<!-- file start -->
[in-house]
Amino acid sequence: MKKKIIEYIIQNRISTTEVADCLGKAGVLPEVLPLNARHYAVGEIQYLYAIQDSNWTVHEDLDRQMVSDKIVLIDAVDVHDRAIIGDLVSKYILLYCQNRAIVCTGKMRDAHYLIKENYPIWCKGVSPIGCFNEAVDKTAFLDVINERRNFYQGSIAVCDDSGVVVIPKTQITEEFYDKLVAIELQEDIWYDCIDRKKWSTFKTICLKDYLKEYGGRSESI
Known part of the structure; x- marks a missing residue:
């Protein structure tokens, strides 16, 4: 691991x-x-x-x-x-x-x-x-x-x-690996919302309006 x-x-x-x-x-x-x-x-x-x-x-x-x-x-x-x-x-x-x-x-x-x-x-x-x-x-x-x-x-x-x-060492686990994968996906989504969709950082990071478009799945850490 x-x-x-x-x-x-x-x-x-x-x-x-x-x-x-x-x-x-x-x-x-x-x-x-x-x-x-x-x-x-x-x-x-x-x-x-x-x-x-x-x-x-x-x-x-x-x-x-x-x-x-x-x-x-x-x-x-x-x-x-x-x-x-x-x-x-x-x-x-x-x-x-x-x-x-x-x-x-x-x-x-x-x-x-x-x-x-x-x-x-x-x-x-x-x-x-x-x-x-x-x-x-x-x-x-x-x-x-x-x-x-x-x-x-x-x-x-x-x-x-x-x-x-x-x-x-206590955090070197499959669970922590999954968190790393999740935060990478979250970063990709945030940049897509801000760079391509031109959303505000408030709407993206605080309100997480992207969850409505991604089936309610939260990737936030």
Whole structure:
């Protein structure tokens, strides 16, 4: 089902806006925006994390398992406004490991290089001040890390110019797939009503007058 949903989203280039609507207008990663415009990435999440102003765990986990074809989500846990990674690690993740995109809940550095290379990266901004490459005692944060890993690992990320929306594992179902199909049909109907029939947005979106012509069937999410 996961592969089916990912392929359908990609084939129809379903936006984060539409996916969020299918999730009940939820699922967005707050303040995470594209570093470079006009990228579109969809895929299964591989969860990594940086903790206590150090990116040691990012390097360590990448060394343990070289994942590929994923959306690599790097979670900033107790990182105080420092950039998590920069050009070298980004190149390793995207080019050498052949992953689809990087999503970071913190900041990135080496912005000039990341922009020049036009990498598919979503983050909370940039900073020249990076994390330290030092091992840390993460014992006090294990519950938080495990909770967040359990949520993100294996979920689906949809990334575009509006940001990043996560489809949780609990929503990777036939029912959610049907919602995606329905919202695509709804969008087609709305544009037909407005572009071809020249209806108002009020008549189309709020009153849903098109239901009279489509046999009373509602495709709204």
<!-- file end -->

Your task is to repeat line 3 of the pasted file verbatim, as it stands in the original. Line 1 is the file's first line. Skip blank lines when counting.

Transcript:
Known part of the structure; x- marks a missing residue: